Trump to Propose Death Penalties for High-Intensity Drug Dealers
President Donald Trump will roll out a set of proposals to address the opioid epidemic on Monday that includes death sentences for some drug dealers, according to Andrew Bremberg, the director of the White House Domestic Policy Council.
The president will lay out his comprehensive plan during a speech in New Hampshire, the epicenter of his administration’s battle against opioids and the state where Trump learned about the epidemic.
The plan has four pillars: law enforcement and interdiction, a large scale educational advertisement campaign focused on prevention, improving the government’s ability to fund treatment, and helping people find jobs while fighting addiction, CNN reported, citing Bremberg and White House counselor Kellyanne Conway.
Trump has previously spoken about the death penalty for certain drug traffickers and recently highlighted it during a rally in Pennsylvania.
“A drug dealer will kill 2,000, 3,000, 5,000 people during the course of his or her life,” Trump said.
“Thousands of people are killed or their lives are destroyed, their families are destroyed. So you can kill thousands of people and go to jail for 30 days,” he added. “They catch a drug dealer, they don’t even put them in jail.”
The number of Americans dying from drug overdoses quadrupled since 1999, according to Centers for Disease Control and Prevention. An average of 173 people a day died from overdoses in 2016.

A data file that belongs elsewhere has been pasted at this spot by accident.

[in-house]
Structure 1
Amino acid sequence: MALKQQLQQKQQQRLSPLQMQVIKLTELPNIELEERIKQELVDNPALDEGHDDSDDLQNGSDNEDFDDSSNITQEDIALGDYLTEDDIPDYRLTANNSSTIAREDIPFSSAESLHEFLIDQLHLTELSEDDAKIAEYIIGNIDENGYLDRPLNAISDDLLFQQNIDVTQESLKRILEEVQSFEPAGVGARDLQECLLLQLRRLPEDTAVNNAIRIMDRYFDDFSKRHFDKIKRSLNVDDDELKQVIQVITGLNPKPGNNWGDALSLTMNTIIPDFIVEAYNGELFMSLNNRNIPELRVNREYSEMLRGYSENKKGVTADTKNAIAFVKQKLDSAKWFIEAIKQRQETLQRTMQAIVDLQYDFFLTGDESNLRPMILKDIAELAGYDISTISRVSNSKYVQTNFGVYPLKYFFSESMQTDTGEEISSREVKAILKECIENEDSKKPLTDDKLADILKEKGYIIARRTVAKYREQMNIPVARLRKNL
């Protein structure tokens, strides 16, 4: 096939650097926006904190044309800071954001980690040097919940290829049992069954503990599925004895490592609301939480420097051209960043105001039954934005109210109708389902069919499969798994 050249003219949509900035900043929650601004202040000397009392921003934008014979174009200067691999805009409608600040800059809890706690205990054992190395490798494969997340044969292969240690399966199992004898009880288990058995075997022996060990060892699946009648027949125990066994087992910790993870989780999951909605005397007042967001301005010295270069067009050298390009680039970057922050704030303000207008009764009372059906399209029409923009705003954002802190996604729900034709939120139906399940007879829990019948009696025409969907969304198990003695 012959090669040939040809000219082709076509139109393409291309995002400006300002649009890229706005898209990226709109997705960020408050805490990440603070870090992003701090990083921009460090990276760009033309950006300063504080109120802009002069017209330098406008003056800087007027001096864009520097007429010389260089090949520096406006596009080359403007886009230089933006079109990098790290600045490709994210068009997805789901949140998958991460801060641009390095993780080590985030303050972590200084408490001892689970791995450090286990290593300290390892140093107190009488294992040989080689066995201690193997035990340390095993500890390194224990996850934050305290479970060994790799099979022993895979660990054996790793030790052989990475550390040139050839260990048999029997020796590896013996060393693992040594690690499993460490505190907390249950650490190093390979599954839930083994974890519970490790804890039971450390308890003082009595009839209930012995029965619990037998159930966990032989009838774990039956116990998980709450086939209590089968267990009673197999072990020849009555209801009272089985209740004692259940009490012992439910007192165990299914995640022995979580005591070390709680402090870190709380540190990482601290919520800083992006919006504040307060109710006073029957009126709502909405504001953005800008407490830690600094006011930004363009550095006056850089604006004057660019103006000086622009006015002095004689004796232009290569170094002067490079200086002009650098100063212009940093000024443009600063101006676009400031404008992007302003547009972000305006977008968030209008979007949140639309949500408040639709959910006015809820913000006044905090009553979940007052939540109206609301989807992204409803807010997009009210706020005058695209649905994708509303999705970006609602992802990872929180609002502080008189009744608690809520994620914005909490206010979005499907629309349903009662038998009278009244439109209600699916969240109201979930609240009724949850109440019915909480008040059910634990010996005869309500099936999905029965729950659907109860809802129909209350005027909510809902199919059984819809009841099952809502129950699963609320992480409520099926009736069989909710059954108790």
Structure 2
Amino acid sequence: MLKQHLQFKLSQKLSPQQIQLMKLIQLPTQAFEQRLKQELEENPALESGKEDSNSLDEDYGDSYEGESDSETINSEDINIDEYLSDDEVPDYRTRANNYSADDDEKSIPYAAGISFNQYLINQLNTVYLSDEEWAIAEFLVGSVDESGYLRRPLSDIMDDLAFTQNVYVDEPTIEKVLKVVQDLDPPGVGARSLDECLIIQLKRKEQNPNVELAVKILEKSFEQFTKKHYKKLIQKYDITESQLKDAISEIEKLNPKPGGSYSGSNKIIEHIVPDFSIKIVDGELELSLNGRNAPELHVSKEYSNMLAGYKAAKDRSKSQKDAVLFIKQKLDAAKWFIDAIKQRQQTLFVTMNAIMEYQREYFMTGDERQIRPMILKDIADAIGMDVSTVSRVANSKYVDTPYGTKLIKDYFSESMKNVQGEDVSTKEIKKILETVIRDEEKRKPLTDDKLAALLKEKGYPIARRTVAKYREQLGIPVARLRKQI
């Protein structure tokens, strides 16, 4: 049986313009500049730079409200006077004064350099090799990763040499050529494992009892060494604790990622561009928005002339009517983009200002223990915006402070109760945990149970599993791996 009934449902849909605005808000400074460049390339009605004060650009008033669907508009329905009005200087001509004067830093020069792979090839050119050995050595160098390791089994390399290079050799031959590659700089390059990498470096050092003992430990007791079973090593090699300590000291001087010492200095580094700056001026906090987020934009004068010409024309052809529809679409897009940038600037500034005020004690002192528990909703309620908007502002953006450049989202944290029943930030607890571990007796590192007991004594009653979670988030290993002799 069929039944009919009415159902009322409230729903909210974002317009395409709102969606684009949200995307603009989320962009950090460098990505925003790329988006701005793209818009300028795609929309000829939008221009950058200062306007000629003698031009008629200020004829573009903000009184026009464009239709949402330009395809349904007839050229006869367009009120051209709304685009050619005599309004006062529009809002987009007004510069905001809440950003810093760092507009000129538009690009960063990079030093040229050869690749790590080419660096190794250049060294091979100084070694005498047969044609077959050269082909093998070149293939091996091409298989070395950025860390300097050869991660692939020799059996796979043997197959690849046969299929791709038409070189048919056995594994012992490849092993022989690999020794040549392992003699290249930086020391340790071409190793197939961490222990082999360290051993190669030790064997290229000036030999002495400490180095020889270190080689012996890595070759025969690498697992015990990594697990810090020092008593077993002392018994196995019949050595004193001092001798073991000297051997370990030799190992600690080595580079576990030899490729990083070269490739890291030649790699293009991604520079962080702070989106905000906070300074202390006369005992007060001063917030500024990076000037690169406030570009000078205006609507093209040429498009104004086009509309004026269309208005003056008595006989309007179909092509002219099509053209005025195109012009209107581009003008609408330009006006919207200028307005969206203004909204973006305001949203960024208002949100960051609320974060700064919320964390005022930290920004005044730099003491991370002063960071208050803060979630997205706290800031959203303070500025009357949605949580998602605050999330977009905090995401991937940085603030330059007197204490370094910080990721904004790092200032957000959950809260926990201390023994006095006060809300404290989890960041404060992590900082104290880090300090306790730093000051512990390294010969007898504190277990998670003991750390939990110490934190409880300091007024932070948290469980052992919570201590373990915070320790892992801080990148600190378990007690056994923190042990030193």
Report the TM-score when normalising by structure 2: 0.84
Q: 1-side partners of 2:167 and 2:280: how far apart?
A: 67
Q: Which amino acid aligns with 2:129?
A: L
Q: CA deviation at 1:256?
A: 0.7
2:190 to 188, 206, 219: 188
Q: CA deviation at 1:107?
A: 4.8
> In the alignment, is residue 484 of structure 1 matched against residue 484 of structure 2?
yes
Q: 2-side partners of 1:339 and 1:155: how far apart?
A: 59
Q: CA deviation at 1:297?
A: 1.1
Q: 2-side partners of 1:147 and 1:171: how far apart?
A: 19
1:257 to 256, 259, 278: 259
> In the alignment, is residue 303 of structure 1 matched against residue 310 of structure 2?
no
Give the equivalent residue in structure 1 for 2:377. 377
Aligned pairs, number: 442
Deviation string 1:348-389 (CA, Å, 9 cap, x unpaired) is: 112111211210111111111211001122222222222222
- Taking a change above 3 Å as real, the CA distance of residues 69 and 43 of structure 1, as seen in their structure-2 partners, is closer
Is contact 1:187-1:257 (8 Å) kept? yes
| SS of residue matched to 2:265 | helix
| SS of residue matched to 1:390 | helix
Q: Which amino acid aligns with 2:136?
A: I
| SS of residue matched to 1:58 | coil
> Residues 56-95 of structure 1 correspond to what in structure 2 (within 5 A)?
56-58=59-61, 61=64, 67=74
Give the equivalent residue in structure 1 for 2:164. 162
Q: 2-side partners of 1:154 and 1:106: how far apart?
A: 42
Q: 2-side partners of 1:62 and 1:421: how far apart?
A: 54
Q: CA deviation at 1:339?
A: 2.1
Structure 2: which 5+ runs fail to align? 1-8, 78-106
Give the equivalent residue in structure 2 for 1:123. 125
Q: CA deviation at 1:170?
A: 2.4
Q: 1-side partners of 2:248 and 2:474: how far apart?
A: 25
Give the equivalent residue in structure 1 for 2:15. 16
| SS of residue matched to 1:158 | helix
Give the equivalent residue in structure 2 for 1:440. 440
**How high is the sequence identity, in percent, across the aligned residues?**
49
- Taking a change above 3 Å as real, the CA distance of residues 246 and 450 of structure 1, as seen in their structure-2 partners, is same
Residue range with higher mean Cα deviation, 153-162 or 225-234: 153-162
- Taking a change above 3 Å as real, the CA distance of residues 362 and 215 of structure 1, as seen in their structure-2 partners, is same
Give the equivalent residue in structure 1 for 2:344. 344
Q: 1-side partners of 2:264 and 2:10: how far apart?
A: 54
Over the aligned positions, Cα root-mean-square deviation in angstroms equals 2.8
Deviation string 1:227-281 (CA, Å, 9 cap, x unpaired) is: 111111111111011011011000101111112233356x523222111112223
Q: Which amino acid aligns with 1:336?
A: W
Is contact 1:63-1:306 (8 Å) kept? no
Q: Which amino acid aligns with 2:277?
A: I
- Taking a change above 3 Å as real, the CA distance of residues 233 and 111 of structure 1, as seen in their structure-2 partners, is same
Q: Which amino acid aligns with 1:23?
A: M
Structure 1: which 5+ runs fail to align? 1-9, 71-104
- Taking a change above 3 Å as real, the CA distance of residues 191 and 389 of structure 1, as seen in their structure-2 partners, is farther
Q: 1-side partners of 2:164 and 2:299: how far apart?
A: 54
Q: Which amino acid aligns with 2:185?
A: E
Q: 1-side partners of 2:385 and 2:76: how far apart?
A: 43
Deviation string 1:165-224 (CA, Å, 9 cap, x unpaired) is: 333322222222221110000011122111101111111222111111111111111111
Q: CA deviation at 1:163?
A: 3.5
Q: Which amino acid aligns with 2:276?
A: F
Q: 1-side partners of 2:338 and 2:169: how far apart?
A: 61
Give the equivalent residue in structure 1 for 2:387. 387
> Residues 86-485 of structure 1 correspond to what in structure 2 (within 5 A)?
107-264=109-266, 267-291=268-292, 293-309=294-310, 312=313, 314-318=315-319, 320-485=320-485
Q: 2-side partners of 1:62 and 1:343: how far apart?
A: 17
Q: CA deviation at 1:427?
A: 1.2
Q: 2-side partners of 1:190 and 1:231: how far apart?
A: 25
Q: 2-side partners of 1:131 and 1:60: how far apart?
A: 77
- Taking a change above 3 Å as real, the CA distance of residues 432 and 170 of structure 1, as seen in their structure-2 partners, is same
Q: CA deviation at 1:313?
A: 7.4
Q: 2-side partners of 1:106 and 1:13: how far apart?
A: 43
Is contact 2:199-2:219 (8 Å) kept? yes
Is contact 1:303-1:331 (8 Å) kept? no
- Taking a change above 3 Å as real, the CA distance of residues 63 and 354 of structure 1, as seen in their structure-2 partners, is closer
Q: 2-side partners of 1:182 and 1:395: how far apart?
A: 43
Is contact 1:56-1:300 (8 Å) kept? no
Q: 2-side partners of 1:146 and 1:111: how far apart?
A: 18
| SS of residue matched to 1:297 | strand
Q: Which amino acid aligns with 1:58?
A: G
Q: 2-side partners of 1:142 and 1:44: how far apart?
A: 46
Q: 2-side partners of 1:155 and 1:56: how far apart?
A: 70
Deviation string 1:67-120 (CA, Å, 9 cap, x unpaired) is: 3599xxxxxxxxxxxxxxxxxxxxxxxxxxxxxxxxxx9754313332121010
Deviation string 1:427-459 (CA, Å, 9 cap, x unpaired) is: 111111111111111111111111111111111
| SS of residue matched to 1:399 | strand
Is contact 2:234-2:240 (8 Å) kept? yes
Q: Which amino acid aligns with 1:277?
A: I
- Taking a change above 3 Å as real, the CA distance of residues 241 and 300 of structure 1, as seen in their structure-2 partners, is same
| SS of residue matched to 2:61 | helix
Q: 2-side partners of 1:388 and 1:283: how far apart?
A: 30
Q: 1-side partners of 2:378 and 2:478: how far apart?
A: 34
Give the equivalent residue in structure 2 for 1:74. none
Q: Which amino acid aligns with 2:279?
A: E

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Trump pushed Congress to secure $6 billion in funds to address the opioid epidemic. Monday’s speech will outline how the money will be spent to turn the deadly tide.
Stiff penalties, including capital punishment, would be reserved for the high-intensity dealers and traffickers, not minor offenders, according to a senior administration official.
“The President thinks that the punishment doesn’t fit the crime,” the official said regarding offenders who “are growing pot in the backyard or a friend who has a low-level possession crime,” according to CNN.
“His plan will address, and he will address, the stiffening of penalties for the people who are bringing the poison into our communities,” the official said.
Conway led the White House effort to draft the plan. The work involved several agencies, including the departments of State, Labor, and Housing and Urban Development.
“We call it the ‘crisis next door’ because everyone knows someone,” Conway said on Sunday, according to CNN. “It is no longer somebody else’s community, somebody else’s kid, somebody else’s co-worker. The opioid crisis is viewed by us at the White House as a nonpartisan problem searching for a bipartisan solution.”